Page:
A month into various degrees of government-ordered lockdowns to deal with the COVID-19 pandemic, there is a growing, though still minority, resentment toward some of these restrictions.
The biggest objections are financial in nature. How people feel about decimating the economy and throwing tens of millions of Americans onto the jobless rolls is directly proportional to whether they are among the unemployed and how much government help they are getting in the meantime.
But there are also objections to the restrictions, imposed to curb the spread of the disease, that go beyond the pocketbook and involve ideological principles. However medically justified they might be, the restrictions rub against a deep-seated American distaste for overreaching, overcontrolling government dictates. The 10-person limits on gatherings of all types, for example, infringe on fundamental freedoms contained in the Bill of Rights, most particularly freedom of assembly and freedom of religion.
Those freedoms are being curtailed — at least temporarily — for the same reason that the public allowed the government to snoop indiscriminately on its citizens following the 9-11 terrorist attacks. When people are scared and feel their lives are at stake, they are often willing to trade some freedoms for security, at least until the threat passes.
With the present health crisis, the majority of people, not just in this country but around the globe, have been convinced that COVID-19 is such a massive and unique threat to public health that it is reasonable to accept temporary restrictions on church services, on social gatherings and on commerce because without these restrictions, more would become ill and die from the disease.
When government officials, though, buck the Constitution or statutes that protect personal freedoms, they better have both law and logic on their side, or they risk undermining the public deference to their authority.
Jackson’s mayor has made just that mistake with his effort to use COVID-19 as an excuse to negate a gun law he doesn’t like.
I don’t like Mississippi’s open-carry law any more than Chokwe Antar Lumumba does. Enacted in 2013, it is a dumb law that, if anything, has made this state less safe, not more so, by permitting everyone who doesn’t have a disqualifying criminal record or mental illness to openly carry a firearm. Lumumba believes the law has contributed to the number of homicides in the capital city.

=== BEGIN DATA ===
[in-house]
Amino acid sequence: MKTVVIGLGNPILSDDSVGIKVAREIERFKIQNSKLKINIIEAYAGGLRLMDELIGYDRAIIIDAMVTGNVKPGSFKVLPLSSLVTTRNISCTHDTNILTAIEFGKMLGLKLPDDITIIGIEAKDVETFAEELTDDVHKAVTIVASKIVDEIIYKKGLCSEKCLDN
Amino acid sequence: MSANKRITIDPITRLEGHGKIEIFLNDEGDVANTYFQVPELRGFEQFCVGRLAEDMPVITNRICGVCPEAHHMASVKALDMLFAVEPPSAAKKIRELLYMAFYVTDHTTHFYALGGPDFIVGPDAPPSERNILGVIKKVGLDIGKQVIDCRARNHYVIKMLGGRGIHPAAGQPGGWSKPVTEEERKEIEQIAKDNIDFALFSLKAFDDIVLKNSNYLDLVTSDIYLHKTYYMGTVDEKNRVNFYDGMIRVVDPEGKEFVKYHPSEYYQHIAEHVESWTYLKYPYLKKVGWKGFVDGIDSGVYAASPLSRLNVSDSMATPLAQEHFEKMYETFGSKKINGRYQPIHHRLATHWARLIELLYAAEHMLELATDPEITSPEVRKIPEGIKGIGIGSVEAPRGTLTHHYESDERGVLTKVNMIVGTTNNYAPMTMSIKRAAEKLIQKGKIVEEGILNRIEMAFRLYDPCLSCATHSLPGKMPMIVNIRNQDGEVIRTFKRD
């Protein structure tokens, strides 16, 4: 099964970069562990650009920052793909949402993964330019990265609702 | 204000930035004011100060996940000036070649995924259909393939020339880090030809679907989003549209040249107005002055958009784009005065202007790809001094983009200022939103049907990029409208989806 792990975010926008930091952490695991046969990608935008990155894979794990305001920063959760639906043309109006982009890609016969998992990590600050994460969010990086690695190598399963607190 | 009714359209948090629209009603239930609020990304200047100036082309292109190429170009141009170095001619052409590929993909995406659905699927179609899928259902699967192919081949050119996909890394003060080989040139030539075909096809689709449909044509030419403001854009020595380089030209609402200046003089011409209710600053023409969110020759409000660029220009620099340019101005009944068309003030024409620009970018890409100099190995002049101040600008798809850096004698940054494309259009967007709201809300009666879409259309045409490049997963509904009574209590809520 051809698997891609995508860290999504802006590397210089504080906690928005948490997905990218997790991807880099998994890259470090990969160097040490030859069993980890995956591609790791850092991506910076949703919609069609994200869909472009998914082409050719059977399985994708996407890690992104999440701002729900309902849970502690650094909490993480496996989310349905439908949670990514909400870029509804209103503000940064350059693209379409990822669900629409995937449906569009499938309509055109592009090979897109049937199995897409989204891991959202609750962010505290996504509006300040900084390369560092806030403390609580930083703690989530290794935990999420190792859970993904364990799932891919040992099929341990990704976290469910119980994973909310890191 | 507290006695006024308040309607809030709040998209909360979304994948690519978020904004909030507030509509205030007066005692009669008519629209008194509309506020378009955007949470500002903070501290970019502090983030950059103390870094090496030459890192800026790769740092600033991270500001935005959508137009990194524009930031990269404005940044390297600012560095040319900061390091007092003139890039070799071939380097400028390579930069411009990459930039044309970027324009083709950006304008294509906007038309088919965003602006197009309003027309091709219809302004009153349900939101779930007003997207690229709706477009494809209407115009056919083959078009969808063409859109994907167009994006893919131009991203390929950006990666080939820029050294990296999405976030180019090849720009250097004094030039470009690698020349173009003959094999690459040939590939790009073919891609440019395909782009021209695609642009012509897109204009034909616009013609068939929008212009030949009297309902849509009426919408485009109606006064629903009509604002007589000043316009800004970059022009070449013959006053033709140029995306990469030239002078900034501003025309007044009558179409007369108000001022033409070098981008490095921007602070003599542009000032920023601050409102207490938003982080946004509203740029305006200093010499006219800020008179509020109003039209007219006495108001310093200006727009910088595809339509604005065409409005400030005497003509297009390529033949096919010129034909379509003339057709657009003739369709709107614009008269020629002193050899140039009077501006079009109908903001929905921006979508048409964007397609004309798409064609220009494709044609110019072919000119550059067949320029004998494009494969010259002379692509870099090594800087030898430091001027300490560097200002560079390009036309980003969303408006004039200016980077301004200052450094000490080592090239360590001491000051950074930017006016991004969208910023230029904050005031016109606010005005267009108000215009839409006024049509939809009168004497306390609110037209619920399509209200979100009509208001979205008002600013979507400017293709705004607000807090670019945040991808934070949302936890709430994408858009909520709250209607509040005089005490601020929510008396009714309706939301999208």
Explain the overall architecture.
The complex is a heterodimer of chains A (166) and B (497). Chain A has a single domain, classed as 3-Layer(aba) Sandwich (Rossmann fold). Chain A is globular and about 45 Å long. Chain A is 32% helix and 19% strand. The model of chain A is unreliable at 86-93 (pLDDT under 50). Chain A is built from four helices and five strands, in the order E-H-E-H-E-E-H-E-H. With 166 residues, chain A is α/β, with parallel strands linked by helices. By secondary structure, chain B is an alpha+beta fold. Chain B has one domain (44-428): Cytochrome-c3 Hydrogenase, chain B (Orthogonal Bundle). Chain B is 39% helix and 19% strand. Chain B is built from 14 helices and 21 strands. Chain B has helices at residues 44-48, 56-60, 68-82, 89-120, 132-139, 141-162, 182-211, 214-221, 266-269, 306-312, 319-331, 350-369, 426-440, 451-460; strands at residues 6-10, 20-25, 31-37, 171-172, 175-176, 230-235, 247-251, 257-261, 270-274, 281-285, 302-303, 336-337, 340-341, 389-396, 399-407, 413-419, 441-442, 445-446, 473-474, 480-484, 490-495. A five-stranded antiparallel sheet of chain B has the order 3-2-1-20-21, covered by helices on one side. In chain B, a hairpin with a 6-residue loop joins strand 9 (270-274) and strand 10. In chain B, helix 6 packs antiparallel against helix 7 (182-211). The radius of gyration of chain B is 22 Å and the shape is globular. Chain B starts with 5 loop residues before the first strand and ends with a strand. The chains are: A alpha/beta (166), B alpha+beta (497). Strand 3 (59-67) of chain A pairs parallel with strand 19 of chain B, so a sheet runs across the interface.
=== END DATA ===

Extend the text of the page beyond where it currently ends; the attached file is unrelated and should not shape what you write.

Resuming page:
That may be, but open-carry has nothing to do with the new coronavirus, and any effort to make that link is preposterous. Banning the open carry of firearms in Jackson, as Lumumba did via executive order a few days ago, will not stop a single transmission of COVID-19.
As soon as Lumumba’s order was issued, it was certain that it would be challenged as an unconstitutional infringement on citizens’ Second Amendment right to bear arms. The Jackson City Council, by a 6-0 vote, distanced itself from the mayor’s actions, obviously not wanting to waste money on a legal fight it knows the city can’t win.
The lawsuit could become a moot point Thursday if Lumumba lets his order lapse as scheduled. He would be wise to do so.
If Jackson’s mayor wants Mississippi’s open-carry law repealed, he should do the hard work of trying to line up support for that in the Legislature. Using COVID-19, however, as cover to unilaterally impose a form of gun control only fuels distrust about his motives during this pandemic.
It’s not uncommon for those in government to use a crisis to push an ideological agenda. Usually, though, they are a bit more clever about it.